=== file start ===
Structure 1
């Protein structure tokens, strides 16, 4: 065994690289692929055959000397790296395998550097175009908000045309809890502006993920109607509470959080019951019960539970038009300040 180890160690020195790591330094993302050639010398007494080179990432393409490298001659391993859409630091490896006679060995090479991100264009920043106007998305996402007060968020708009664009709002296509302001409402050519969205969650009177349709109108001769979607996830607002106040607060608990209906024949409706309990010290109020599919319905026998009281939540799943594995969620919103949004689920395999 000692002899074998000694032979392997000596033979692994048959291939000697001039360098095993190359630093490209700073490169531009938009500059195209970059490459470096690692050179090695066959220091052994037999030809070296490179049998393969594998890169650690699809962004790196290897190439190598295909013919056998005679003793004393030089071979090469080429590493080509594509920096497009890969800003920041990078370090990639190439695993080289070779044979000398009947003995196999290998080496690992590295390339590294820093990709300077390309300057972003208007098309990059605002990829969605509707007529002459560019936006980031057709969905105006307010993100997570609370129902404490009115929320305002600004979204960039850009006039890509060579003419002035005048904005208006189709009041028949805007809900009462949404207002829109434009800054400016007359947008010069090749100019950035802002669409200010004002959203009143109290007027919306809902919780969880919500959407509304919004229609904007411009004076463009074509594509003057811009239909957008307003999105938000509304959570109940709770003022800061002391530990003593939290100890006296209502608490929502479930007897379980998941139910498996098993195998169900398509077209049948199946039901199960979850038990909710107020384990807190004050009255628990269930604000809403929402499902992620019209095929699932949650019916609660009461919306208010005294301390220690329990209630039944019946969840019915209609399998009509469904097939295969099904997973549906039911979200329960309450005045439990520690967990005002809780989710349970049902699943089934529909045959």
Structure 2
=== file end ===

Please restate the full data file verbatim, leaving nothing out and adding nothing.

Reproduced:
Structure 1
């Protein structure tokens, strides 16, 4: 065994690289692929055959000397790296395998550097175009908000045309809890502006993920109607509470959080019951019960539970038009300040 180890160690020195790591330094993302050639010398007494080179990432393409490298001659391993859409630091490896006679060995090479991100264009920043106007998305996402007060968020708009664009709002296509302001409402050519969205969650009177349709109108001769979607996830607002106040607060608990209906024949409706309990010290109020599919319905026998009281939540799943594995969620919103949004689920395999 000692002899074998000694032979392997000596033979692994048959291939000697001039360098095993190359630093490209700073490169531009938009500059195209970059490459470096690692050179090695066959220091052994037999030809070296490179049998393969594998890169650690699809962004790196290897190439190598295909013919056998005679003793004393030089071979090469080429590493080509594509920096497009890969800003920041990078370090990639190439695993080289070779044979000398009947003995196999290998080496690992590295390339590294820093990709300077390309300057972003208007098309990059605002990829969605509707007529002459560019936006980031057709969905105006307010993100997570609370129902404490009115929320305002600004979204960039850009006039890509060579003419002035005048904005208006189709009041028949805007809900009462949404207002829109434009800054400016007359947008010069090749100019950035802002669409200010004002959203009143109290007027919306809902919780969880919500959407509304919004229609904007411009004076463009074509594509003057811009239909957008307003999105938000509304959570109940709770003022800061002391530990003593939290100890006296209502608490929502479930007897379980998941139910498996098993195998169900398509077209049948199946039901199960979850038990909710107020384990807190004050009255628990269930604000809403929402499902992620019209095929699932949650019916609660009461919306208010005294301390220690329990209630039944019946969840019915209609399998009509469904097939295969099904997973549906039911979200329960309450005045439990520690967990005002809780989710349970049902699943089934529909045959």
Structure 2